Inside Sam’s head, DreamBobby is giving Sam all the credit for saving the world and rescuing Bobby from Hell (and here I thought Sam had a whole lot of help from half the friendly recurring characters with that). Great. Sam is an arrogant jerk even inside his own head.
After DreamDean gets too cranky about DreamBobby’s insistence that Sam just lie down and die, DreamBobby “beams” Sam out of the car and to the woods, complaining about DreamDean’s “yapping.” Apparently, this isn’t Purgatory, but some fairy tale woods because there’s an old cabin there. DreamBobby butters Sam about how he’s leaving the world a better place than he found it (haven’t conveniently forgotten all about stuff like the time Sambot tried to kill him). Wow. I am pretty sure this show has long since demonstrated that the world in general would have been a better place had Sam never been born. That’s not entirely his fault, but it is his tragedy.
Anyhoo, Bobby tells Sam he needs to go into the cabin to move on. Because going into the homestead from The Blair Witch Project can’t possibly go wrong.
Thankfully, DreamDean shows up to stab DreamBobby in the back and make him vanish. About time.
At the hospital, Dean encounters a pushy grief counselor who tells him he has to let go. I am pretty damned sure they don’t do that manipulative crap with grieving family, but Dean’s initial mistaking her for an angel is prophetic.
This conversation gives Dean an idea. He goes down to the parking garage for Plan B: Crowley in the trunk. Just in case anyone wondered why Dean hadn’t thought of using demon blood. Anyhoo, just as Dean is getting a reluctant King of Hell to admit he’s still alive, Suit Angel grabs him from behind and slams him down against the trunk. Seems Suit Angel has a one-track mind. He’s not interested in Dean helping him so much as giving up Castiel’s location.
Unsurprisingly, Dean tells him to suck it. When Suit Angel is about to stab him, the angel from the bus grabs his arm from behind and tries to calm him down. The newcomer notes that angels are supposed to be messengers of compassion, not just wrath. Suit Angel admits he doesn’t recognize the newcomer and the newcomer just says, “Pleased to make your reacquaintance,” before stating he was injured in his fall. Suit Angel, unimpressed, attacks him. Though the newcomer manages to knock Suit Angel’s sword out of his hand, he still gets his butt kicked. At least, until Dean takes the sword and stabs Suit Angel from behind.
This, boys and girls, is why you never turn your back on Dean Winchester.
When Dean asks the newcomer’s name, said newcomer brushes this off, calling Dean by name and saying he has come to answer his prayer. Then he passes out. Dean, needless to say, isn’t all that impressed. The angel seems surprised when he wakes up in a ring of holy fire, with Dean demanding his name. He says it’s ‘Ezekiel.’ He offers his remaining “strength” (i.e., loyalty) to Dean, despite being injured.
Back at the hospital, Ezekiel says that Sam is so weak, he’s not sure he can help him. Meanwhile, Castiel gets through to Dean and Dean confirms Ezekiel’s identity with Castiel (or, at least, that Castiel knows an angel by that name and considers him a comrade). Castiel explains that Metatron stole his grace. He is coming to Dean by other means.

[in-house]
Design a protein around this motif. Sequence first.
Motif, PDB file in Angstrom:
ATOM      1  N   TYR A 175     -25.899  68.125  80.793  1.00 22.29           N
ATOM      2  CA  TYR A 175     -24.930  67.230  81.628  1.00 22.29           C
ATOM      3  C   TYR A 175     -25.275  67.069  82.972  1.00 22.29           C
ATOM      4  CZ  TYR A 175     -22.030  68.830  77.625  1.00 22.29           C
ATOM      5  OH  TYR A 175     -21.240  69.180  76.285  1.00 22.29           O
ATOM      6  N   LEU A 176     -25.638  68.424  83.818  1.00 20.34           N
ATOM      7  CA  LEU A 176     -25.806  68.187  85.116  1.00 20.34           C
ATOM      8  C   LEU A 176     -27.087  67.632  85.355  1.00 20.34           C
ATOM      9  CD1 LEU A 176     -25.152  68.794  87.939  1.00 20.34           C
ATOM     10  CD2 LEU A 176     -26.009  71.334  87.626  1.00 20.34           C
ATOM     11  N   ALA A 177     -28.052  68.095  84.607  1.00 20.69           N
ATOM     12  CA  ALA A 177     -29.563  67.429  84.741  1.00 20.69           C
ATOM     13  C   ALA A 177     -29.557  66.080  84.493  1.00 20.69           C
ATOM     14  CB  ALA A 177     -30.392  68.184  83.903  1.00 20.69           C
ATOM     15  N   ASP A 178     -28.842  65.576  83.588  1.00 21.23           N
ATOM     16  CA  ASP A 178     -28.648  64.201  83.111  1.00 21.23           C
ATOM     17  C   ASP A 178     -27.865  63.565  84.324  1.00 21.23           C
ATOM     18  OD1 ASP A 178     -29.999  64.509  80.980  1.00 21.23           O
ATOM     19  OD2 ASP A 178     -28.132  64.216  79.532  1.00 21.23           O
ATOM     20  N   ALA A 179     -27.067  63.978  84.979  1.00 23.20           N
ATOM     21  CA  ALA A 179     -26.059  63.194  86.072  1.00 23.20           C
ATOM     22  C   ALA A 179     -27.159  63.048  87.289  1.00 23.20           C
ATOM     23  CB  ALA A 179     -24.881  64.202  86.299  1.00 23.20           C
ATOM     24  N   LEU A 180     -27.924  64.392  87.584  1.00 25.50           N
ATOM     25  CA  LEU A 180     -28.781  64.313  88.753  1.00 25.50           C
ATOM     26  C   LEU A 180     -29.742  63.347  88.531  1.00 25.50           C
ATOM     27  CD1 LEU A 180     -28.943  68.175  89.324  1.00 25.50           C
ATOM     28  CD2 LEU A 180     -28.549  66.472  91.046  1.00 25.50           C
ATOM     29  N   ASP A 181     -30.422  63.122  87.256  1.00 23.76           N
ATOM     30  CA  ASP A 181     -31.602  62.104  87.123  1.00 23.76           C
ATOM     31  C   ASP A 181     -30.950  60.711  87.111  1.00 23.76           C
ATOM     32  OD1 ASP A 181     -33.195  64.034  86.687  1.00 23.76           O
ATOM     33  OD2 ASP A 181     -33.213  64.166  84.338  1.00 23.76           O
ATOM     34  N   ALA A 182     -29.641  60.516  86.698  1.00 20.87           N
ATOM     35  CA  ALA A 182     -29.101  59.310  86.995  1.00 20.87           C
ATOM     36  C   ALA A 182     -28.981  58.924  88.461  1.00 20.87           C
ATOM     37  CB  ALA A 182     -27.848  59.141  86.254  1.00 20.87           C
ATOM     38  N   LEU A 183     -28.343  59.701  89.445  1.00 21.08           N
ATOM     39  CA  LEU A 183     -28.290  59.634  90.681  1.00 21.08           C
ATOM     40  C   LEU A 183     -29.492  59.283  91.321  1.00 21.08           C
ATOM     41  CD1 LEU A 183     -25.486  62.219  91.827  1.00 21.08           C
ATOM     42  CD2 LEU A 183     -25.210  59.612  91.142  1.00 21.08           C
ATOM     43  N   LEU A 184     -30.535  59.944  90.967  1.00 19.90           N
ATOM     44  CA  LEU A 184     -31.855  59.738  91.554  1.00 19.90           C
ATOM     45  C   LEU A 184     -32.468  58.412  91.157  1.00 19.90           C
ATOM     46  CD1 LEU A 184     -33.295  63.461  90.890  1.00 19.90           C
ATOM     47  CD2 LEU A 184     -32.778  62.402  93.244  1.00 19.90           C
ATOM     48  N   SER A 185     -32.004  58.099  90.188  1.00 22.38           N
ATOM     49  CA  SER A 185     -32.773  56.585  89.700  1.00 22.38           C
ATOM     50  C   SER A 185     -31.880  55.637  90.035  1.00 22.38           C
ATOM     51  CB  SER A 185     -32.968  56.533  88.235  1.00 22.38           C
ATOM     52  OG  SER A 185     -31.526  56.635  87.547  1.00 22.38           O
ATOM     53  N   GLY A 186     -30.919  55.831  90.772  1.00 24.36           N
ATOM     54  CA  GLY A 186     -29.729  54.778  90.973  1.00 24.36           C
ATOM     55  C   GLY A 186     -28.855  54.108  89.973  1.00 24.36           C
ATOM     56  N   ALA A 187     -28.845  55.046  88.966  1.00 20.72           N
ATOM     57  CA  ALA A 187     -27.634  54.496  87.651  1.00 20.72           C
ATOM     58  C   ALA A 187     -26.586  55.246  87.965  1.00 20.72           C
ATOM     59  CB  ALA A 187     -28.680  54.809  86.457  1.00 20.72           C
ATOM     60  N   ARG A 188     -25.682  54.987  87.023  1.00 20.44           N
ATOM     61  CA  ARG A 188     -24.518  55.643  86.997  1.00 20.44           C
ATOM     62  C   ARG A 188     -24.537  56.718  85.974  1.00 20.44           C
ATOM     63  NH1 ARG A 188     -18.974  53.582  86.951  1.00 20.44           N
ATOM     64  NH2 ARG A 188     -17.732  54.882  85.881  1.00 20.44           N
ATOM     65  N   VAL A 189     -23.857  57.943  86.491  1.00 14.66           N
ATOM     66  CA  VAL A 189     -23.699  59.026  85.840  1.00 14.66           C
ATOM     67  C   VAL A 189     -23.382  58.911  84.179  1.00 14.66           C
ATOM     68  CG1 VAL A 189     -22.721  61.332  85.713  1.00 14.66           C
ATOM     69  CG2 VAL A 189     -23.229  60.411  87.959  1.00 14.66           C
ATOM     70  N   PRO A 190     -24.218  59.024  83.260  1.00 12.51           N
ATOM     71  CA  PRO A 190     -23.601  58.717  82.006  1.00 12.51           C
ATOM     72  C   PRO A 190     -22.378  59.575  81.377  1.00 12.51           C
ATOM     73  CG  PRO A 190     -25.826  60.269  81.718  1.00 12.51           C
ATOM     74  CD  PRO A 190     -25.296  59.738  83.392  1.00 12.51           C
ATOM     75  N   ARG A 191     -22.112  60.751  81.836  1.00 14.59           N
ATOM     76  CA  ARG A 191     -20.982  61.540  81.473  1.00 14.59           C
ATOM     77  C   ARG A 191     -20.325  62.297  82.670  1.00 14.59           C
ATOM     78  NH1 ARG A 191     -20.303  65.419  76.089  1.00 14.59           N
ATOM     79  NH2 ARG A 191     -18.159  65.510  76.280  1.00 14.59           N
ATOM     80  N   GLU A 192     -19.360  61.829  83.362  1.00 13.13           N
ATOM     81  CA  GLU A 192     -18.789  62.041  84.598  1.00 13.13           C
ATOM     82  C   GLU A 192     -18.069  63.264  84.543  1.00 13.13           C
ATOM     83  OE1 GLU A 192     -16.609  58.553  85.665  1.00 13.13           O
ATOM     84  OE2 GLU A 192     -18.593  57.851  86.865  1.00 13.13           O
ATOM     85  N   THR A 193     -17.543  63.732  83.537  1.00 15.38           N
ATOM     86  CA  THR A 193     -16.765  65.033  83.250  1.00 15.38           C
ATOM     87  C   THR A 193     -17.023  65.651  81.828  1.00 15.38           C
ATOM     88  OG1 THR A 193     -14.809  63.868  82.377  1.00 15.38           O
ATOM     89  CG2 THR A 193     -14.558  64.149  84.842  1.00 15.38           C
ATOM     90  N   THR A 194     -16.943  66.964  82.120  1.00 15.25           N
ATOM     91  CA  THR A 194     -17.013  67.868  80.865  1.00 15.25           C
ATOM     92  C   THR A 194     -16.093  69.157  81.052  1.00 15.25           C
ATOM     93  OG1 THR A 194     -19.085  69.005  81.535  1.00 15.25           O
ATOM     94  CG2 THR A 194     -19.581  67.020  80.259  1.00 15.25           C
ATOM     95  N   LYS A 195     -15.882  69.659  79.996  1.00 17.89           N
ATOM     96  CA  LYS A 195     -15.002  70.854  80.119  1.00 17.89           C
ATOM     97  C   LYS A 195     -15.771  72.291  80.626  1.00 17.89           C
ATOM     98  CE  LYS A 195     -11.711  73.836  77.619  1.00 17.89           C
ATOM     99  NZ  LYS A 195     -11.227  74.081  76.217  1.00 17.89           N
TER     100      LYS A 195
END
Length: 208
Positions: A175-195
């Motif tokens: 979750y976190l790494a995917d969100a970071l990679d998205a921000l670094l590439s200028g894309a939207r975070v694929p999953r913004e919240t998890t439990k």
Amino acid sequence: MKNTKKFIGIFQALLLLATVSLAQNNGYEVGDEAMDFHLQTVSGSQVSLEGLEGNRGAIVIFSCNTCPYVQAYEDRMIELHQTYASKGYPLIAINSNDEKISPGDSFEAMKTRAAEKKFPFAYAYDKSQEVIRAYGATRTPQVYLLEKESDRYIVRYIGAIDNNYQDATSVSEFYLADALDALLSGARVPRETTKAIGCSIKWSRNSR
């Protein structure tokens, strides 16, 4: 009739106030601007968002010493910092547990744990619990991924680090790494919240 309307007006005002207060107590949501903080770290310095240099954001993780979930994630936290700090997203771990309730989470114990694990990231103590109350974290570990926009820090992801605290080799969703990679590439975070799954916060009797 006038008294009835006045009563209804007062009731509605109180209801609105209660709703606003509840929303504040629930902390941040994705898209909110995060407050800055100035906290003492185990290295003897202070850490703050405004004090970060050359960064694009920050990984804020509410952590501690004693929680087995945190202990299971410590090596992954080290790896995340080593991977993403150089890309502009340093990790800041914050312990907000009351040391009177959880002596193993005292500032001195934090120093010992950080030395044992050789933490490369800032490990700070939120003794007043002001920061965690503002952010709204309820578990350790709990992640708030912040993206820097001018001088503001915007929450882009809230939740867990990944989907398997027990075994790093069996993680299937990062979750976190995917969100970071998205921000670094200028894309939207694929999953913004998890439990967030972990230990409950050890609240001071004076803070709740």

Dean tells him to stay away because the angels are converging on the hospital, intent on killing Castiel. Dean also warns him about strangers (using the X-Files catchphrase, “Trust no one”) and tells him to go to the bunker on his own. This will turn out to be a good idea, since Hael’s intentions aren’t so good. When Castiel tells her he can’t go to the Grand Canyon with her and turns his back on her (a frequently made mistake in this episode), she whacks him over the head with a two-by-four.
Castiel wakes up in her vessel’s car. It turns out Hael is barmier than a barrel full of pickeled mackerel and blames Castiel for the angels’ fall (Funny how characters like Metatron and Raphael don’t ever get blamed by the angels for their part in these heavenly catastrophes, just Castiel. I guess you could say they’re still a bunch of regimented snobs and it’s okay to tear down the world, just as long as you’re not a peasant). She intends to possess Castiel’s “vessel” (Jimmy), saying he is strong. Her own vessel is already breaking down and she is ambitious to trade up. I suspect her anger at Castiel is a convenient excuse to possess him.
It turns out there are angels still “circling” in a holding pattern, terrified, desperate for vessels. One of them attacks the hospital still unvesseled. Dean draws angel-warding on the inside of Sam’s hospital room, which weakens Ezekiel further, but also protects him from the others. With an order to save Sam, Dean goes out into the hallway, pulls a fire alarm and shouts at everyone to evacuate.
As he tries to help the grief counselor, though, he is attacked by the farmer angel and discovers the circling angel has found a vessel – the counselor. She beats him up and demands to know where Castiel is, threatening to kill Sam if he doesn’t comply (Meanwhile, the farmer angel gets a fire axe and starts smashing his way into the hospital room). Instead of complying, Dean taunts her, getting bloodier and bloodier as he crawls away from them along the floor … until he reveals a blood sigil he has made and banishes both angels to parts unknown (now that they can’t go back to Heaven). Another lesson, kiddies – don’t let Dean Winchester turn his back on you.
Inside his head, Sam gets beaten up by DreamDean, the part that wants to fight, but insists he wants to go inside the cabin, even knowing what’s there. Defeated with a pat on the head, DreamDean fades, too. Once he enters, Sam discovers his Reaper, who is Death.
Yes, I face-palmed, too. Sam inside his own head has a hell of a lot of pride. But stay with us, folks, because we all know what pride goes before.